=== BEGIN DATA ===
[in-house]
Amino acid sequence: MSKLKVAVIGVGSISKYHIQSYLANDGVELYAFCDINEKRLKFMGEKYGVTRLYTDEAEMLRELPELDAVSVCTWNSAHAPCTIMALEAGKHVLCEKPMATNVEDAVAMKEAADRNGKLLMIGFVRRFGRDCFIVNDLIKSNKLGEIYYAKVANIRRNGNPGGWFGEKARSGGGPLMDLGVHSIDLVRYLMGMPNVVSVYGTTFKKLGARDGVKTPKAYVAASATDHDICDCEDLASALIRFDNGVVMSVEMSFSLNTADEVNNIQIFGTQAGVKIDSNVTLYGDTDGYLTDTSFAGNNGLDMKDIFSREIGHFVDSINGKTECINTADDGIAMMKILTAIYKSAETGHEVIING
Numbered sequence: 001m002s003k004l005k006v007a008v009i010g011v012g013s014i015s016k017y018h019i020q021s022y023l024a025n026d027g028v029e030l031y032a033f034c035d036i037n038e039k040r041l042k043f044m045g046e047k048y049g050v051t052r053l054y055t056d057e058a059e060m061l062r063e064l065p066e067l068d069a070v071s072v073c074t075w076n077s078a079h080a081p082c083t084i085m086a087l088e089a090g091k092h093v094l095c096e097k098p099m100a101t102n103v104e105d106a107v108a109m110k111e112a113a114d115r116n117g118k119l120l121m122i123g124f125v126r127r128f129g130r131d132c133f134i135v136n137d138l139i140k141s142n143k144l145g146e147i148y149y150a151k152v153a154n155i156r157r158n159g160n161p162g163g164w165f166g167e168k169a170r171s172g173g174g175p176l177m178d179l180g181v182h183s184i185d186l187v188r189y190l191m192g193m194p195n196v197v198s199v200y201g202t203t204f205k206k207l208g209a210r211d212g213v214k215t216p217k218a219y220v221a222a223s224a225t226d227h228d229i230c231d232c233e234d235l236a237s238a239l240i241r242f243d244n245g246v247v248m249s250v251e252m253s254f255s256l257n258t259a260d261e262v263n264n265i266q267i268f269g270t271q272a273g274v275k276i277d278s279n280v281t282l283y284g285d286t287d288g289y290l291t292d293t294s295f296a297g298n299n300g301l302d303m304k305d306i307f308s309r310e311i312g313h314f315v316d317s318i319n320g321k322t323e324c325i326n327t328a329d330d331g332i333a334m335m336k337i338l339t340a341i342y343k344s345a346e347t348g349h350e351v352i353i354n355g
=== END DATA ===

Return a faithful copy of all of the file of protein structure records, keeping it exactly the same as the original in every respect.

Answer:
[in-house]
Amino acid sequence: MSKLKVAVIGVGSISKYHIQSYLANDGVELYAFCDINEKRLKFMGEKYGVTRLYTDEAEMLRELPELDAVSVCTWNSAHAPCTIMALEAGKHVLCEKPMATNVEDAVAMKEAADRNGKLLMIGFVRRFGRDCFIVNDLIKSNKLGEIYYAKVANIRRNGNPGGWFGEKARSGGGPLMDLGVHSIDLVRYLMGMPNVVSVYGTTFKKLGARDGVKTPKAYVAASATDHDICDCEDLASALIRFDNGVVMSVEMSFSLNTADEVNNIQIFGTQAGVKIDSNVTLYGDTDGYLTDTSFAGNNGLDMKDIFSREIGHFVDSINGKTECINTADDGIAMMKILTAIYKSAETGHEVIING
Numbered sequence: 001m002s003k004l005k006v007a008v009i010g011v012g013s014i015s016k017y018h019i020q021s022y023l024a025n026d027g028v029e030l031y032a033f034c035d036i037n038e039k040r041l042k043f044m045g046e047k048y049g050v051t052r053l054y055t056d057e058a059e060m061l062r063e064l065p066e067l068d069a070v071s072v073c074t075w076n077s078a079h080a081p082c083t084i085m086a087l088e089a090g091k092h093v094l095c096e097k098p099m100a101t102n103v104e105d106a107v108a109m110k111e112a113a114d115r116n117g118k119l120l121m122i123g124f125v126r127r128f129g130r131d132c133f134i135v136n137d138l139i140k141s142n143k144l145g146e147i148y149y150a151k152v153a154n155i156r157r158n159g160n161p162g163g164w165f166g167e168k169a170r171s172g173g174g175p176l177m178d179l180g181v182h183s184i185d186l187v188r189y190l191m192g193m194p195n196v197v198s199v200y201g202t203t204f205k206k207l208g209a210r211d212g213v214k215t216p217k218a219y220v221a222a223s224a225t226d227h228d229i230c231d232c233e234d235l236a237s238a239l240i241r242f243d244n245g246v247v248m249s250v251e252m253s254f255s256l257n258t259a260d261e262v263n264n265i266q267i268f269g270t271q272a273g274v275k276i277d278s279n280v281t282l283y284g285d286t287d288g289y290l291t292d293t294s295f296a297g298n299n300g301l302d303m304k305d306i307f308s309r310e311i312g313h314f315v316d317s318i319n320g321k322t323e324c325i326n327t328a329d330d331g332i333a334m335m336k337i338l339t340a341i342y343k344s345a346e347t348g349h350e351v352i353i354n355g